When shooting with black and white in mind, it’s a good idea to look for opportunties to take advantage of light and dark, shadow and highlight.
In the image below, because of the time of day I shot it, early morning, there was strong directional sunlight that gave me a good deal of shadow/highlight contrast naturally. When I first converted this to black and white, I didn’t have to do much in the way of burning in the shadow areas because the natural, directional light had already created the most of the contrast for me. I felt, when I shot this, that it could make a decent conversion to black and white.
The next image, on the other hand, I had to do quite a bit with. Given the nature of the light in this grotto, there was a lot of shadow and not a lot of highlight, except for the light area in the water which is caused by light shining on the water outside the cave and shining through an underwater tunnel in the rock wall. Knowing that with a single exposure I’d overexpose that area in order to get good detail in the rest of the cave, I used HDR. One of the downsides of HDR can be (not always) a flattening of shadow/highlight contrast and a flattening of midtone contrast. You’ll see in the colour version that there is some shadow/highlight contrast but not a great deal. I purposely relied on the varied colours of the rock to give me the visual interest in combination with the ethereal light in the water.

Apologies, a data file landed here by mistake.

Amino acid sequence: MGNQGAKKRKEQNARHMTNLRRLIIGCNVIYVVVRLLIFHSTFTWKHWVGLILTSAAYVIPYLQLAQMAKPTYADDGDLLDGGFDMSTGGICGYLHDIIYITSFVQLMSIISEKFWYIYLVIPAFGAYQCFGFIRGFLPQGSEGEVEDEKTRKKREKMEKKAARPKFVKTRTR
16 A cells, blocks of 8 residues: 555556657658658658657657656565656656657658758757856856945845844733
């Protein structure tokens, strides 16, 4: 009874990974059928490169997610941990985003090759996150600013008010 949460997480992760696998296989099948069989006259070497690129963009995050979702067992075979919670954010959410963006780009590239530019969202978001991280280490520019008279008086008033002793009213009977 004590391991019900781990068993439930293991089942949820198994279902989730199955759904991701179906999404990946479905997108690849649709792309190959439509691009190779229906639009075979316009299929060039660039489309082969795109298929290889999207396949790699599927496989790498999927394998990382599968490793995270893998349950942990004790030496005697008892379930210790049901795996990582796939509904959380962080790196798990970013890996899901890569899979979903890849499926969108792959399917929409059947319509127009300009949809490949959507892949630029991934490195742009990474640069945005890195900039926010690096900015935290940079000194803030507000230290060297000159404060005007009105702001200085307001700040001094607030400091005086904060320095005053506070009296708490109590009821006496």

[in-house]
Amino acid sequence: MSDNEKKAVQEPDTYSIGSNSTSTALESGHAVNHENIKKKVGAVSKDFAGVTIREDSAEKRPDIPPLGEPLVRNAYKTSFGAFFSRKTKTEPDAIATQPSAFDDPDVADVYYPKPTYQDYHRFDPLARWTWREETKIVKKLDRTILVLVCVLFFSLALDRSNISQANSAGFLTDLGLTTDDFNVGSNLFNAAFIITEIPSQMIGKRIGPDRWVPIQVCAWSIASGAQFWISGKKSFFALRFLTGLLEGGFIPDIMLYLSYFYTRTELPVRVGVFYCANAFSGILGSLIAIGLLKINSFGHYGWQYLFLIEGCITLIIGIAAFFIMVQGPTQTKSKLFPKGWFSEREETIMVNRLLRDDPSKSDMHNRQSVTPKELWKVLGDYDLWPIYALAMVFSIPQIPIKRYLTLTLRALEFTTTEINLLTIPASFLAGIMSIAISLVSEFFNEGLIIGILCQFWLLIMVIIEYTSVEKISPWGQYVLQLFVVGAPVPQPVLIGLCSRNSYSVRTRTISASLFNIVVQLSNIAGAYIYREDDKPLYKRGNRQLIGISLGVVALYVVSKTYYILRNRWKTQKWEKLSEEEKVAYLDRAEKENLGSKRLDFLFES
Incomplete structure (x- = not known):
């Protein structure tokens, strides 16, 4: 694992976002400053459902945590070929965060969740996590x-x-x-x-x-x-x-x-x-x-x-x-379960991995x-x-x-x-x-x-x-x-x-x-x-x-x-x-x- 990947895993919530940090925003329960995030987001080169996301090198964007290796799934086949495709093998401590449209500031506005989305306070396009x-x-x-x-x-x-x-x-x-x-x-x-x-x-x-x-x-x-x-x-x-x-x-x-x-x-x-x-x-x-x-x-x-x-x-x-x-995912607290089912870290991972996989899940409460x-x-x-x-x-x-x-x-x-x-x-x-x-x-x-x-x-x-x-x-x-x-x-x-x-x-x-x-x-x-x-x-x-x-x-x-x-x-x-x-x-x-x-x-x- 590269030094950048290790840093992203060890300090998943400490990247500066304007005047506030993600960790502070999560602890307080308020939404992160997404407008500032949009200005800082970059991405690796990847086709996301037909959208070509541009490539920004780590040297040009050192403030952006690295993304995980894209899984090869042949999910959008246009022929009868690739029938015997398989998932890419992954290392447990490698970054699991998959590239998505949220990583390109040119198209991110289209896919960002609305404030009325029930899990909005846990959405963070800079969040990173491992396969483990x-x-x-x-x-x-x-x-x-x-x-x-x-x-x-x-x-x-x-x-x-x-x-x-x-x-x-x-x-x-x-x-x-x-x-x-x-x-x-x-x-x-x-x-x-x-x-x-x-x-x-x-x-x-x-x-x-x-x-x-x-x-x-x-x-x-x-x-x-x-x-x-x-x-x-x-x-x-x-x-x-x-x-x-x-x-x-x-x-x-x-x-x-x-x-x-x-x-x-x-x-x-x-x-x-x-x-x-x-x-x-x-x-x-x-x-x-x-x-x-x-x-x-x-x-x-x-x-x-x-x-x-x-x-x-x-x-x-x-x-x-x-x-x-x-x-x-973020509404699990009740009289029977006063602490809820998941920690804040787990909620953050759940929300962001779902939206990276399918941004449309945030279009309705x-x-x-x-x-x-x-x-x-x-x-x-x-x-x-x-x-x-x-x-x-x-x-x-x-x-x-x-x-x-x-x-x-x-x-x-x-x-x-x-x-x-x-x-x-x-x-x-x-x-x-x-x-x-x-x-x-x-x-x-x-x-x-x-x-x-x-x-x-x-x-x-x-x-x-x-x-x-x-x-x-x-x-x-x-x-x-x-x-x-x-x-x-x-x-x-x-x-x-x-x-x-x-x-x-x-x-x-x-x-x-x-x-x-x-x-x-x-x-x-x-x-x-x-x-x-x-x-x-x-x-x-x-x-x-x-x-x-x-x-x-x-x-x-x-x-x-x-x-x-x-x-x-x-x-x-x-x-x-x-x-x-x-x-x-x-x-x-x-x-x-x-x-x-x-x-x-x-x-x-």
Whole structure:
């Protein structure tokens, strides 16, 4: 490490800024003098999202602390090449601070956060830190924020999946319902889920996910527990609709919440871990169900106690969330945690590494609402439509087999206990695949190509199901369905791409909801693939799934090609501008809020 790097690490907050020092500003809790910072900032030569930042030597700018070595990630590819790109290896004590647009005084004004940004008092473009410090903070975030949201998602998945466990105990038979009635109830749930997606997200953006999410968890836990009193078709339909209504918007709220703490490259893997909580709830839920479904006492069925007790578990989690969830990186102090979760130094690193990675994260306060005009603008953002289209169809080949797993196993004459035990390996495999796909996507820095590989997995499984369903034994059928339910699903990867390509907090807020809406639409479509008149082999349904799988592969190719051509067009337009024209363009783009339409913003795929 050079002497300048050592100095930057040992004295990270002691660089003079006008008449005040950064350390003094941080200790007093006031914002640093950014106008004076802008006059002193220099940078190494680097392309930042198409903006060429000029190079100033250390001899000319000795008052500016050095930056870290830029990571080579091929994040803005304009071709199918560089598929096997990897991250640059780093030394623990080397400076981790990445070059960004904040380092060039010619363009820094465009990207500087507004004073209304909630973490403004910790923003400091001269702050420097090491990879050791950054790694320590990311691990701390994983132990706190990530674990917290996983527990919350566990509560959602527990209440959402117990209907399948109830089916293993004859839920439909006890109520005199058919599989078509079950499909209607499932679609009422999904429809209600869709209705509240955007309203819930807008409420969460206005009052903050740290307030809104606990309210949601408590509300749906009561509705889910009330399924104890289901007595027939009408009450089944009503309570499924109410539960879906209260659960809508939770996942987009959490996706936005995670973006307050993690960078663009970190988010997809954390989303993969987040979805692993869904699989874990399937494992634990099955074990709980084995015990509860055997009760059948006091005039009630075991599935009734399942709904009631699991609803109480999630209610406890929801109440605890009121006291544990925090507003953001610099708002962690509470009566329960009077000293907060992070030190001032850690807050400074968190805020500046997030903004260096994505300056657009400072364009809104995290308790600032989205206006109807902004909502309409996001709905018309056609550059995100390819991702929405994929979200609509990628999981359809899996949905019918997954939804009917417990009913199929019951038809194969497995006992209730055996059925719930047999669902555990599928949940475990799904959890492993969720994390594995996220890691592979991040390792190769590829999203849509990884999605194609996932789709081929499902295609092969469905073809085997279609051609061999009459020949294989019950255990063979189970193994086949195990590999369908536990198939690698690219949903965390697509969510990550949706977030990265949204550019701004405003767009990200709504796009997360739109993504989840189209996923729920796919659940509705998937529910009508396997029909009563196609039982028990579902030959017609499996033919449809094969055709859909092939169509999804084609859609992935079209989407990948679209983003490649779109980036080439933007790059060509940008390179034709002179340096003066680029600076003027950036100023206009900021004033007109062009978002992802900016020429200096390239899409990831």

A straight conversion to black and white was pretty flat. I had to do a fair bit of both dodging and burning to give me the contrast I wanted and the tonal separation I wanted in the shadow and highlight areas.
You can read more about the processing of this particular image, for which all of the dodging and burning was done in Lightroom in an another article that was posted recently.
The last aspect of black and white photography that we’ll examine in this article is texture. Texture can play a key roll in creating visual interest in black and white photography. Again, because we don’t have the colour to give us visual interest, we need other things to keep a viewer interested in the images. Texture can do that. Because with texture, you’ll also get, in many cases, intricate shadow/highlight contrast.
The image below is processed two different ways. When I saw this tree, I knew I wanted to concentrate on the roots, the texture of the bark and the rock it was growing on. I also knew I wanted to take it to black and white rather than leave it in colour and I knew that I wanted to have the roots lighter in tone against the darker rock. The first version, while retaining the intricate knotting of the roots, loses all the other texture. It looks more than a little fake. The second, and (for now) final version also has the lighter toned roots but retains much more the texture in the bark and in the rocks. For me, this second image is basically what I envisioned when I saw this tree on the trail.
Texture as a form of visual interest can be very important to a successful black and white image. Whether others think it’s a successful image is a different matter. Let me know what you think, positive and negative. I’m actually thinking about going back and working on this image again from scratch to see if I can come up with something better, haven’t decided 100% yet.
Those are a few more thoughts on seeing in black and white and some things to keep in mind when shooting with the intent of creating a black and white image from the start or doing a conversion after the fact.
Always happy to read any feedback you’d be willing to provide. How do you approach your own black and white photography?